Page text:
Dell Technologies’ connected workplace program provides a canvas of possibilities and thought-provoking illustrations of a workplace leader. Mark Pringle, head of real estate for Dell is a leader in domain of workplaces. Pringle is the guy in workplaces as not a place or time, yet an outcome, productivity and return on employee investment. His quest for Dell started in 2013, and with 65% of the Dell workforce being remote or flexible. When Pringle spoke to the senate in the Summer of 2020, suggesting to the government that they may want to consider the Dell program for cost savings, creating a more creative workplace, while helping employees be the best version of themselves while working in corporate or governmental buildings.
Using one of our clients as an example when shutting down their existing office then designing and furnishing their new offices, we saw firsthand, an operational executive creating a hybrid workspace strategy. this client had 100 employees in their office space, about 15,000 square feet. We were contracted to remove some 100 seats or cubicles, plug the holes in the walls, remove the voice and data cable from the walls and ceilings, while moving a few items to buyers of their old furniture. They then asked us to design a space for about 20 to 30 employees being in the space at any one time. They will be rotating the 90 workers through the office space, yet the space is more of a hotel and landing spot, provided you are scheduled in.
Check any news station, blog, or simply ask an employee or executive in the workplace as to their opinion on all of the issues and questions raised, and you will likely be split 50-50 or 60-40, on what is the best approach or solutions, depending on the sampling. What is a clear for us as a furniture design and move management company, is that no action is really action as you will likely fall behind finding great talent if you don’t make a move to rethink the office of the future and the workplace you need now? Don’t overlook the WFH (Work from home) strategy as well. A high percentage of companies we work with or call on are not making the office design in the home a priority. For example, providing an ergonomic solution for sitting and standing (sit stand desk and ergonomically equipped chair) for both employee safety and comfort, along with a consistent platform for all employees to create the perfect workspace within their homes.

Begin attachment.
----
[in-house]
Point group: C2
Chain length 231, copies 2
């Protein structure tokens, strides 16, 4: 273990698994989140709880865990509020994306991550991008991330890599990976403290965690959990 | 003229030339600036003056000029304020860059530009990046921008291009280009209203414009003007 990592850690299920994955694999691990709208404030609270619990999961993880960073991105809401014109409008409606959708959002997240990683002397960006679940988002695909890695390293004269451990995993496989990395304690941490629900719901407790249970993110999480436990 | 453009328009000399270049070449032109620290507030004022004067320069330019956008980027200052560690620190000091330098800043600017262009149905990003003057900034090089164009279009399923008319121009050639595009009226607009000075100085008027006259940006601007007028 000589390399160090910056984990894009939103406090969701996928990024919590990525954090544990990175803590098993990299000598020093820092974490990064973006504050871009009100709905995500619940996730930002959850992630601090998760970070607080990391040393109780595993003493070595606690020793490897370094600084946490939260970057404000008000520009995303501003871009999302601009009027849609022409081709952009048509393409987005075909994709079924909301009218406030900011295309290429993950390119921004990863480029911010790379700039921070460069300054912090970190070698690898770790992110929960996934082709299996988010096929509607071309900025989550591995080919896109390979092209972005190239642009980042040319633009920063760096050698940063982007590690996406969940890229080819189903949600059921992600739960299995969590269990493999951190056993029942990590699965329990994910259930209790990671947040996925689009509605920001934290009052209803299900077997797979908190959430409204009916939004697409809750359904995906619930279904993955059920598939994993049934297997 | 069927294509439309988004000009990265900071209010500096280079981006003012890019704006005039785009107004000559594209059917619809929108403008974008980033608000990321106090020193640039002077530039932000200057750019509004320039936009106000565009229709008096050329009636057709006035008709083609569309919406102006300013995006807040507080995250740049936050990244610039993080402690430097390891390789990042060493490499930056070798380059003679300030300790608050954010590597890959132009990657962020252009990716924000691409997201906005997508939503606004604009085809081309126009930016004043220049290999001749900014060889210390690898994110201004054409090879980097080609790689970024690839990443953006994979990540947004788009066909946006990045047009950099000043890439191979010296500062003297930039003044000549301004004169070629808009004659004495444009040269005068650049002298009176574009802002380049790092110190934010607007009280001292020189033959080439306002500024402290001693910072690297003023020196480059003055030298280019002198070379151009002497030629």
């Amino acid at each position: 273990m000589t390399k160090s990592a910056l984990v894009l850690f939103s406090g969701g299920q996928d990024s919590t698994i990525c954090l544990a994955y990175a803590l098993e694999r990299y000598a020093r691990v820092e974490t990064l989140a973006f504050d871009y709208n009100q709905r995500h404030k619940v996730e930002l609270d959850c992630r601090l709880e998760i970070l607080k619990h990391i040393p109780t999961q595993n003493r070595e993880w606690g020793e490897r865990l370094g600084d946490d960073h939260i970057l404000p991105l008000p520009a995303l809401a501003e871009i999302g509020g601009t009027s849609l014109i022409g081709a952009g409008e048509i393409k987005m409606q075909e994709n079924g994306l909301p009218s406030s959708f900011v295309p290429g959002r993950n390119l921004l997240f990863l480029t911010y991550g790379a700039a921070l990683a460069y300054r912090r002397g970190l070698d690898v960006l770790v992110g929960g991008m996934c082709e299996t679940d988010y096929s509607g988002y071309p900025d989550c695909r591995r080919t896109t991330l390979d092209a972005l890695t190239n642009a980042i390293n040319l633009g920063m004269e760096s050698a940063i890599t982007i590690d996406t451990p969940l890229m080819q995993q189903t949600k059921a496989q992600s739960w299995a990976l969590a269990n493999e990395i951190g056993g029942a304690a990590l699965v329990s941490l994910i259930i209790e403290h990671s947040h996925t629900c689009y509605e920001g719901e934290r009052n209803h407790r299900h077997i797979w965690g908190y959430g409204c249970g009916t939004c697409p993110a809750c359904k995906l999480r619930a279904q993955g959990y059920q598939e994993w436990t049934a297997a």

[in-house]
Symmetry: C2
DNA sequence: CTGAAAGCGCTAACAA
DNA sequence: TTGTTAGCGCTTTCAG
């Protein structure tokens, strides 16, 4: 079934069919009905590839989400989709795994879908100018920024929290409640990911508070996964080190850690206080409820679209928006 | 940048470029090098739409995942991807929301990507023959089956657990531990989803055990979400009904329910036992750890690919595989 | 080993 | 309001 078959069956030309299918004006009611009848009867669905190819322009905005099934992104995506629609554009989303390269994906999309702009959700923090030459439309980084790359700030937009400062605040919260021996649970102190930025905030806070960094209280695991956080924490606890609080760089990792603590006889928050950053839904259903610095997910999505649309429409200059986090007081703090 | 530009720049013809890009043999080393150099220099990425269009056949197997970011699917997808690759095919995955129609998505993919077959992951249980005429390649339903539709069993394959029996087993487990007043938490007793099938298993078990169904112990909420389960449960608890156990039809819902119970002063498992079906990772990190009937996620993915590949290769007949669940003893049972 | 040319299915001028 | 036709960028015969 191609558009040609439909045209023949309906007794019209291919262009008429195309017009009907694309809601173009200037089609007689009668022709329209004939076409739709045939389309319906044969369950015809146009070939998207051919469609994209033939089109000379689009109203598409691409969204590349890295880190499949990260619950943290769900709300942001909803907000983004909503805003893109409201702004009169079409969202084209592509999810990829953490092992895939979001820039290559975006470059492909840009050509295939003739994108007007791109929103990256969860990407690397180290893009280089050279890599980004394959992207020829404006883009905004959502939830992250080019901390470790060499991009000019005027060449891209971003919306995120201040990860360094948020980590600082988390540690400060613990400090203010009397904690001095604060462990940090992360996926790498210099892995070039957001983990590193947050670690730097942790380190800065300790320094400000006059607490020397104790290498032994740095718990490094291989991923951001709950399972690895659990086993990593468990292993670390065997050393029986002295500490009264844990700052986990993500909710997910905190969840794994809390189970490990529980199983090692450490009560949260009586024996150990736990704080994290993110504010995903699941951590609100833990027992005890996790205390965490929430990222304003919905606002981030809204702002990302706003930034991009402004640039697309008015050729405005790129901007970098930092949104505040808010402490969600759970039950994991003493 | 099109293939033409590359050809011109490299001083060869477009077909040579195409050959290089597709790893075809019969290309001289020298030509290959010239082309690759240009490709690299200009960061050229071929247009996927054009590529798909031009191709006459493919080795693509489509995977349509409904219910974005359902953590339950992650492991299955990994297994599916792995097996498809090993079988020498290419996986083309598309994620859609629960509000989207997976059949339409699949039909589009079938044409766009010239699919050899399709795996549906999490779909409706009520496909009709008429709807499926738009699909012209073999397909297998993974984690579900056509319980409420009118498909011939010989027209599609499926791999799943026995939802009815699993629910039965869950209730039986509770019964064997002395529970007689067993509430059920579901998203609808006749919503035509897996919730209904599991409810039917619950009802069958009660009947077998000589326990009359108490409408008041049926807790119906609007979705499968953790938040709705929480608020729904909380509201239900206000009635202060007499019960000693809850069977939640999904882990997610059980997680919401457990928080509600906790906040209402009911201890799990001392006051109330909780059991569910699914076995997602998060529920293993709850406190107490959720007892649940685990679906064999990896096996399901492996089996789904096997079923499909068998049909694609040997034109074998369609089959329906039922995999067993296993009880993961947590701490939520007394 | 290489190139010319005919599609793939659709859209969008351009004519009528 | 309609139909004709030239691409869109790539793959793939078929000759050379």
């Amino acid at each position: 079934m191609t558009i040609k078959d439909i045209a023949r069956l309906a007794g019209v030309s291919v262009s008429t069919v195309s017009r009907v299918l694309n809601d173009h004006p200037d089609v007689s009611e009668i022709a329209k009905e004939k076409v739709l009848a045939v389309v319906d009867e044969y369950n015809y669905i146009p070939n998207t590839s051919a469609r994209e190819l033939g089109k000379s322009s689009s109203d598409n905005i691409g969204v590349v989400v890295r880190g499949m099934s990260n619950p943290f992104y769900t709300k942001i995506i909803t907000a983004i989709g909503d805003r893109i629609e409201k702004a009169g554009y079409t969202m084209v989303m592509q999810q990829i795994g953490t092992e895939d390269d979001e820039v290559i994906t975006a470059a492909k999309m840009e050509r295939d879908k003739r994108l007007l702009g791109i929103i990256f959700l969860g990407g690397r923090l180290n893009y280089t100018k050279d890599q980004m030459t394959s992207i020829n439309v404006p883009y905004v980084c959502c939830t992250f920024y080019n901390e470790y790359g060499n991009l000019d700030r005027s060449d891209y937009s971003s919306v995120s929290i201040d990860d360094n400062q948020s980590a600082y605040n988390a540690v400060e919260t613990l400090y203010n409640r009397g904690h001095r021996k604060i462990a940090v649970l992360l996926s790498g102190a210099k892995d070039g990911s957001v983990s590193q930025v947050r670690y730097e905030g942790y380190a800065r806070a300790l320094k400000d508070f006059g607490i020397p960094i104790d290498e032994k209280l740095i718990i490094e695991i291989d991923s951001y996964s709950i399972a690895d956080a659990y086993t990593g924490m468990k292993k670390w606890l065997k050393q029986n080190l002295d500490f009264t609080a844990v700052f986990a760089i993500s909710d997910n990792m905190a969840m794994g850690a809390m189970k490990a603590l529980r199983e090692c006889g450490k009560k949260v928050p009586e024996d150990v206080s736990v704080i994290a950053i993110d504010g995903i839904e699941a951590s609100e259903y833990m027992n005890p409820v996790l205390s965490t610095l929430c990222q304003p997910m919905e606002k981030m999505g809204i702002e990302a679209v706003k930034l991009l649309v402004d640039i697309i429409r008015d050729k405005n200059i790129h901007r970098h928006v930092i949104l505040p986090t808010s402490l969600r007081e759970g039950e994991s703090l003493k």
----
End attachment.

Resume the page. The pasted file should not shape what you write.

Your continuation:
This may help when considering the needs and legalities for your at home workers-
WFH Policies Both employers and employees should have clear guidance on WFH work and communication expectations. Good WFH policies clearly reserve for the employer discretion to decide whether a job can be adequately performed remotely. And the policy should address the fact that just because an employee is authorized to WFH does not excuse all of the employer’s normal policies dealing with everything from attendance to computer use policies to confidentiality/intellectual property issues.
Further, an employer is not excused from the obligation to maintain time records and to pay overtime. So, WFH policies should include a clear process for tracking employees’ work time. Some employers set specific work hours for each employee, including any lunch or rest breaks. But, while the schools are still wholly or partially on lockdown, employers may establish split workday hours to allow for necessary home schooling or childcare. Regardless of the issue though, there should be a clear policy for the process an employee uses to request an alternative schedule or absence.
While you may want to provide a stipend or allow an employee to pay for his or her office furniture for the home, then be reimbursed, think again, as we are hearing more and more about complaints about poorly resourced chairs, working from kitchen tables, not knowing the ergonomics required for sitting, standing and moving every day, ultimately challenging productivity and efficiency gained by working from home.
Last, employers are liable for on-the-job injuries even if occurring at a remote worksite. Workers Compensation insurance may require employers to have clear guidelines setting forth safety expectations for use of equipment and the WFH workspace. Good practice may dictate that employers remind employees to maintain a safe workspace at home and practice the same safety habits as at the office or normal workplace.
For more information on WFH policies and these legal issues, feel free to contact Dawn: email@example.com.
Sources – The Workplace You Need Now-Rishi, Breslau, Miscovich, Wiley Publisher, American Psychology Association website, BT360 Research and Records, Eppscoulson.com regarding work from home legal issues.